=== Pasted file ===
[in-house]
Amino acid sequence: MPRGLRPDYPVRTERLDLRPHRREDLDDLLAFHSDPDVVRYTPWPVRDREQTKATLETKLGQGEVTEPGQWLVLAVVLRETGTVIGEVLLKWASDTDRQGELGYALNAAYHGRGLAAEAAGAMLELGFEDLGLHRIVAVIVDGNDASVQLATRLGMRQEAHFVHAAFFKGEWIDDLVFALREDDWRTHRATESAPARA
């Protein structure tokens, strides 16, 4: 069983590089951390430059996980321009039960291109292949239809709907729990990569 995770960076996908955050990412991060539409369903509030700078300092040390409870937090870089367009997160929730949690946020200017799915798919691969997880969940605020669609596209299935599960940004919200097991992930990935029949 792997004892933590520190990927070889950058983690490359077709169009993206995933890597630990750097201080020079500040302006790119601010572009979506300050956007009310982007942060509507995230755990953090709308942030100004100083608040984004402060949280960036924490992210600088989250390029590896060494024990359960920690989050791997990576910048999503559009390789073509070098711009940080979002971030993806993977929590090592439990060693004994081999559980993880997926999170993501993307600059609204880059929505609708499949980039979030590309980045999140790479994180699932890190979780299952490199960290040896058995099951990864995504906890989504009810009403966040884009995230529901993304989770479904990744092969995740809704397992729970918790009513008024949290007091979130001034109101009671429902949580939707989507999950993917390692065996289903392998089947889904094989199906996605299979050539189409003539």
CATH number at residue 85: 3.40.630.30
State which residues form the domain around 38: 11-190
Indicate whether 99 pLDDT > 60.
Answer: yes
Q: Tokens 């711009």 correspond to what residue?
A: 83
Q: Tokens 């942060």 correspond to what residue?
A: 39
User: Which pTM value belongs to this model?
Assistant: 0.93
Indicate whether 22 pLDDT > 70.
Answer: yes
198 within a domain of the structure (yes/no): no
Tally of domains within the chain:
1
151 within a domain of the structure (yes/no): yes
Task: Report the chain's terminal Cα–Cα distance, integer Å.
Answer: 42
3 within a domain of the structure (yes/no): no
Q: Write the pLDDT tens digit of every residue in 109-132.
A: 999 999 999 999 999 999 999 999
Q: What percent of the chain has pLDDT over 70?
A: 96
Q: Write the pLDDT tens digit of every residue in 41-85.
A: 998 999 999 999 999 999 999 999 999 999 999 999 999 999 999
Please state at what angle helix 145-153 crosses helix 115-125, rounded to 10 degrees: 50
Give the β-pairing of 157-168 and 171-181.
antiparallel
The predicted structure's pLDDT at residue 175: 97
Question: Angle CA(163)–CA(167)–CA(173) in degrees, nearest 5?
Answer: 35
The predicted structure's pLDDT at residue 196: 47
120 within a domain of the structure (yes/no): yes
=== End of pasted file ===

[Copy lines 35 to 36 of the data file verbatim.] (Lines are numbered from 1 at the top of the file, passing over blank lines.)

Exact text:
The predicted structure's pLDDT at residue 196: 47
120 within a domain of the structure (yes/no): yes